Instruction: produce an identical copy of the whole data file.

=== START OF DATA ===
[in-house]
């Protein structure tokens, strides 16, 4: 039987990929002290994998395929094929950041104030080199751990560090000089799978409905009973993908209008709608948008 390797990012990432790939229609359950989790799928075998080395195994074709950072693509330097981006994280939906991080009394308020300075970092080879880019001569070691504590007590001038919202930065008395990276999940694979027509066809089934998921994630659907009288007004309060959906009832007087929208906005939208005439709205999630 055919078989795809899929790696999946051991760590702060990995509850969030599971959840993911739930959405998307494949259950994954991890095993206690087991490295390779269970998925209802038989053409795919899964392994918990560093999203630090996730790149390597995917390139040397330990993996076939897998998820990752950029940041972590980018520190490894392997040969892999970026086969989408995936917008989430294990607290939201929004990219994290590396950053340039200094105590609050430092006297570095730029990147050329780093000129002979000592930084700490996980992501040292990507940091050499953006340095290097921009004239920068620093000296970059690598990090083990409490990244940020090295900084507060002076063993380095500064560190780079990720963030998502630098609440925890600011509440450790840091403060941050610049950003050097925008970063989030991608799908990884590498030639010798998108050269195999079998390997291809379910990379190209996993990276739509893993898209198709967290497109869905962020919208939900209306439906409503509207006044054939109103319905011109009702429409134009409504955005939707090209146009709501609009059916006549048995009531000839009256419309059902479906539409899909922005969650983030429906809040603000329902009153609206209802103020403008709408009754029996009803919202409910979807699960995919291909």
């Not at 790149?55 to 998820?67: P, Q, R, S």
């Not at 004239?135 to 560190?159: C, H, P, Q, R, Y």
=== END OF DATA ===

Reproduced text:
[in-house]
């Protein structure tokens, strides 16, 4: 039987990929002290994998395929094929950041104030080199751990560090000089799978409905009973993908209008709608948008 390797990012990432790939229609359950989790799928075998080395195994074709950072693509330097981006994280939906991080009394308020300075970092080879880019001569070691504590007590001038919202930065008395990276999940694979027509066809089934998921994630659907009288007004309060959906009832007087929208906005939208005439709205999630 055919078989795809899929790696999946051991760590702060990995509850969030599971959840993911739930959405998307494949259950994954991890095993206690087991490295390779269970998925209802038989053409795919899964392994918990560093999203630090996730790149390597995917390139040397330990993996076939897998998820990752950029940041972590980018520190490894392997040969892999970026086969989408995936917008989430294990607290939201929004990219994290590396950053340039200094105590609050430092006297570095730029990147050329780093000129002979000592930084700490996980992501040292990507940091050499953006340095290097921009004239920068620093000296970059690598990090083990409490990244940020090295900084507060002076063993380095500064560190780079990720963030998502630098609440925890600011509440450790840091403060941050610049950003050097925008970063989030991608799908990884590498030639010798998108050269195999079998390997291809379910990379190209996993990276739509893993898209198709967290497109869905962020919208939900209306439906409503509207006044054939109103319905011109009702429409134009409504955005939707090209146009709501609009059916006549048995009531000839009256419309059902479906539409899909922005969650983030429906809040603000329902009153609206209802103020403008709408009754029996009803919202409910979807699960995919291909």
């Not at 790149?55 to 998820?67: P, Q, R, S």
């Not at 004239?135 to 560190?159: C, H, P, Q, R, Y």